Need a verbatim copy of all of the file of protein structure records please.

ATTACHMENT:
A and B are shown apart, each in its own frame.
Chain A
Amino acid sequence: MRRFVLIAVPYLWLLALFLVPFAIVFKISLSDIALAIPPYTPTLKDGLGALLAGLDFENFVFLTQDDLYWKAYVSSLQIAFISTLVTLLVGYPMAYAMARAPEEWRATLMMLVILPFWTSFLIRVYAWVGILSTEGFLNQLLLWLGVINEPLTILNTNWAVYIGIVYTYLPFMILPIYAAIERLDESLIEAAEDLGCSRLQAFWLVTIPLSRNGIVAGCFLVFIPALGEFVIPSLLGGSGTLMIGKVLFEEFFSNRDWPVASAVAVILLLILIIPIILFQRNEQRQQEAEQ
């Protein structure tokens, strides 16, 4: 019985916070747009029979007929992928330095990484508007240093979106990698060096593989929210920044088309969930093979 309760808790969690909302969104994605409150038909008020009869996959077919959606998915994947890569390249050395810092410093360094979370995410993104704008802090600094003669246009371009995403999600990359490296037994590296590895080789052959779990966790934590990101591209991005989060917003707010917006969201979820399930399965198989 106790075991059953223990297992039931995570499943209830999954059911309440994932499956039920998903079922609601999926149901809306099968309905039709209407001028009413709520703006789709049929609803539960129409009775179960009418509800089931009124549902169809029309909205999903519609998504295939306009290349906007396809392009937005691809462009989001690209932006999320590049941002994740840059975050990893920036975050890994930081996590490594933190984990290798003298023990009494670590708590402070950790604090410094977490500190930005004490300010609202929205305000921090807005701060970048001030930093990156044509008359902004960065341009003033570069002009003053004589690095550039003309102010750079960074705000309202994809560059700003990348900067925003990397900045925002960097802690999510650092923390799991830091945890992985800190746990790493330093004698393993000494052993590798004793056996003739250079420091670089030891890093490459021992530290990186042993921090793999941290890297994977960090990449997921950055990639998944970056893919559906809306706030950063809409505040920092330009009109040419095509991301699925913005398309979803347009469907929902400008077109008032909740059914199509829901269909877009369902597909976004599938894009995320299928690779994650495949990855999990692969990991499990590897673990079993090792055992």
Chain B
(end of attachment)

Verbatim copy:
A and B are shown apart, each in its own frame.
Chain A
Amino acid sequence: MRRFVLIAVPYLWLLALFLVPFAIVFKISLSDIALAIPPYTPTLKDGLGALLAGLDFENFVFLTQDDLYWKAYVSSLQIAFISTLVTLLVGYPMAYAMARAPEEWRATLMMLVILPFWTSFLIRVYAWVGILSTEGFLNQLLLWLGVINEPLTILNTNWAVYIGIVYTYLPFMILPIYAAIERLDESLIEAAEDLGCSRLQAFWLVTIPLSRNGIVAGCFLVFIPALGEFVIPSLLGGSGTLMIGKVLFEEFFSNRDWPVASAVAVILLLILIIPIILFQRNEQRQQEAEQ
């Protein structure tokens, strides 16, 4: 019985916070747009029979007929992928330095990484508007240093979106990698060096593989929210920044088309969930093979 309760808790969690909302969104994605409150038909008020009869996959077919959606998915994947890569390249050395810092410093360094979370995410993104704008802090600094003669246009371009995403999600990359490296037994590296590895080789052959779990966790934590990101591209991005989060917003707010917006969201979820399930399965198989 106790075991059953223990297992039931995570499943209830999954059911309440994932499956039920998903079922609601999926149901809306099968309905039709209407001028009413709520703006789709049929609803539960129409009775179960009418509800089931009124549902169809029309909205999903519609998504295939306009290349906007396809392009937005691809462009989001690209932006999320590049941002994740840059975050990893920036975050890994930081996590490594933190984990290798003298023990009494670590708590402070950790604090410094977490500190930005004490300010609202929205305000921090807005701060970048001030930093990156044509008359902004960065341009003033570069002009003053004589690095550039003309102010750079960074705000309202994809560059700003990348900067925003990397900045925002960097802690999510650092923390799991830091945890992985800190746990790493330093004698393993000494052993590798004793056996003739250079420091670089030891890093490459021992530290990186042993921090793999941290890297994977960090990449997921950055990639998944970056893919559906809306706030950063809409505040920092330009009109040419095509991301699925913005398309979803347009469907929902400008077109008032909740059914199509829901269909877009369902597909976004599938894009995320299928690779994650495949990855999990692969990991499990590897673990079993090792055992």
Chain B